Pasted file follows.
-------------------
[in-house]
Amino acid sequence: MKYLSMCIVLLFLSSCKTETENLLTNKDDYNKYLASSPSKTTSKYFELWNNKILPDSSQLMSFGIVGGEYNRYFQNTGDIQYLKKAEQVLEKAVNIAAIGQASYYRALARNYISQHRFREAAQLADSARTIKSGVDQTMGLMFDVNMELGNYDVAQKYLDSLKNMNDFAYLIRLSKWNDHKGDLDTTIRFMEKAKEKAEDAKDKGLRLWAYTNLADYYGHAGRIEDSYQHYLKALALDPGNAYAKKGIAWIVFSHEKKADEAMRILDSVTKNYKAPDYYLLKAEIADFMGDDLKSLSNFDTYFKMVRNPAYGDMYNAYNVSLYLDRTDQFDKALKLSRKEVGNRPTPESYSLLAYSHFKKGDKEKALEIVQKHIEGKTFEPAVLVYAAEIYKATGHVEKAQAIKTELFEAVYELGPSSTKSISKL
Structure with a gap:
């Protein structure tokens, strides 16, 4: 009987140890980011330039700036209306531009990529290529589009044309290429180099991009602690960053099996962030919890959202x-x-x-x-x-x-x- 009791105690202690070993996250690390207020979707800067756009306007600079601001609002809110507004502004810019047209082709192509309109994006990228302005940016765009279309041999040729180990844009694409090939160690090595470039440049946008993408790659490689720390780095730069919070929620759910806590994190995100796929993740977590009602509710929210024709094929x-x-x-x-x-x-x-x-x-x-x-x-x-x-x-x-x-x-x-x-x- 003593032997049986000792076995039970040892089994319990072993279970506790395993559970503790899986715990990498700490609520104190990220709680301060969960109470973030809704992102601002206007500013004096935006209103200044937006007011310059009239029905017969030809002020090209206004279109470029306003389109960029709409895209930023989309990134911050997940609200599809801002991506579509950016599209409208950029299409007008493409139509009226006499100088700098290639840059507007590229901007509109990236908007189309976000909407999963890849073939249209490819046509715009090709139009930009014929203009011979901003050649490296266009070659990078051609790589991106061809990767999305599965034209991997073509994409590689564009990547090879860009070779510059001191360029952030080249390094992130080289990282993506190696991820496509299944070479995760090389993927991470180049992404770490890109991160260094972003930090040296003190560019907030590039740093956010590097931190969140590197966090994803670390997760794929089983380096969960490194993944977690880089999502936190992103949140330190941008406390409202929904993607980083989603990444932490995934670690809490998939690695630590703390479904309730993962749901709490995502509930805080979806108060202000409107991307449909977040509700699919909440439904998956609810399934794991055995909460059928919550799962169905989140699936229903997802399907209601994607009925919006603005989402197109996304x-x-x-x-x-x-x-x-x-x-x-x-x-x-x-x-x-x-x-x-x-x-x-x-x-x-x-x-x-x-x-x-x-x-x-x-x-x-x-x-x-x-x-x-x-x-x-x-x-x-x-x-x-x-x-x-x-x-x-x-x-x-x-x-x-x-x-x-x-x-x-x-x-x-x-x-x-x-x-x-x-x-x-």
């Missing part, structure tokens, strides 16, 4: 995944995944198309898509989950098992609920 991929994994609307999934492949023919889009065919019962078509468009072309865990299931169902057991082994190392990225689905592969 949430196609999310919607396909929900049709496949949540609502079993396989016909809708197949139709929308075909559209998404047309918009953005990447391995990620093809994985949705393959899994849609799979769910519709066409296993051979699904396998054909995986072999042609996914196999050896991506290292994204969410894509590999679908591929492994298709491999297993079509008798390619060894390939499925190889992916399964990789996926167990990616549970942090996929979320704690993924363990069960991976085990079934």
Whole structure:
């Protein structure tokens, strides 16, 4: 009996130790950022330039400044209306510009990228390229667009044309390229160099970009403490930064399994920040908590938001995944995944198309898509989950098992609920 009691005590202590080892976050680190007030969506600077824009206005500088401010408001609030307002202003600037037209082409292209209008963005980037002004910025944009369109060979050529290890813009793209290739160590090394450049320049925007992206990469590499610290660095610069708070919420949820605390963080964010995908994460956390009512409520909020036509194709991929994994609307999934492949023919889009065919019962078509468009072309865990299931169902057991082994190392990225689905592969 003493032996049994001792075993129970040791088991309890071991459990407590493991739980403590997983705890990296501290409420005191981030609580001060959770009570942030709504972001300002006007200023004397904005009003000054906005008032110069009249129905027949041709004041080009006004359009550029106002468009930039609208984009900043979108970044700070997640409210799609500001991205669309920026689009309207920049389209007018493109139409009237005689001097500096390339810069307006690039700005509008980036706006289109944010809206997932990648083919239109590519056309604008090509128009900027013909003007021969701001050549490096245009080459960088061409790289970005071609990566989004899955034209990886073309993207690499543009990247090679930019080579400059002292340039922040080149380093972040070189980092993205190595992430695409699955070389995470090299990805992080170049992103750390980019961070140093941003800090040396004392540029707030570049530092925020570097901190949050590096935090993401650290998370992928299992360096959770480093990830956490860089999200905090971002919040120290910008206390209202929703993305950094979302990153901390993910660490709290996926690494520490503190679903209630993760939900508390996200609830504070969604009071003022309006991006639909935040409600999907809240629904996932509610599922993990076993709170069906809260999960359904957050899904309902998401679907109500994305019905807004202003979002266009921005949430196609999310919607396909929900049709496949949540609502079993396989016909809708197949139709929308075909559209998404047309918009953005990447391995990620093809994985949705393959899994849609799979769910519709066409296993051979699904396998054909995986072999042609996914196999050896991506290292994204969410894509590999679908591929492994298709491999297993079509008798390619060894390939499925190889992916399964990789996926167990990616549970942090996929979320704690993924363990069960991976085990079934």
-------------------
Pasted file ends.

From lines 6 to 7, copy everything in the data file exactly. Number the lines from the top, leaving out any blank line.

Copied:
Whole structure:
């Protein structure tokens, strides 16, 4: 009996130790950022330039400044209306510009990228390229667009044309390229160099970009403490930064399994920040908590938001995944995944198309898509989950098992609920 009691005590202590080892976050680190007030969506600077824009206005500088401010408001609030307002202003600037037209082409292209209008963005980037002004910025944009369109060979050529290890813009793209290739160590090394450049320049925007992206990469590499610290660095610069708070919420949820605390963080964010995908994460956390009512409520909020036509194709991929994994609307999934492949023919889009065919019962078509468009072309865990299931169902057991082994190392990225689905592969 003493032996049994001792075993129970040791088991309890071991459990407590493991739980403590997983705890990296501290409420005191981030609580001060959770009570942030709504972001300002006007200023004397904005009003000054906005008032110069009249129905027949041709004041080009006004359009550029106002468009930039609208984009900043979108970044700070997640409210799609500001991205669309920026689009309207920049389209007018493109139409009237005689001097500096390339810069307006690039700005509008980036706006289109944010809206997932990648083919239109590519056309604008090509128009900027013909003007021969701001050549490096245009080459960088061409790289970005071609990566989004899955034209990886073309993207690499543009990247090679930019080579400059002292340039922040080149380093972040070189980092993205190595992430695409699955070389995470090299990805992080170049992103750390980019961070140093941003800090040396004392540029707030570049530092925020570097901190949050590096935090993401650290998370992928299992360096959770480093990830956490860089999200905090971002919040120290910008206390209202929703993305950094979302990153901390993910660490709290996926690494520490503190679903209630993760939900508390996200609830504070969604009071003022309006991006639909935040409600999907809240629904996932509610599922993990076993709170069906809260999960359904957050899904309902998401679907109500994305019905807004202003979002266009921005949430196609999310919607396909929900049709496949949540609502079993396989016909809708197949139709929308075909559209998404047309918009953005990447391995990620093809994985949705393959899994849609799979769910519709066409296993051979699904396998054909995986072999042609996914196999050896991506290292994204969410894509590999679908591929492994298709491999297993079509008798390619060894390939499925190889992916399964990789996926167990990616549970942090996929979320704690993924363990069960991976085990079934």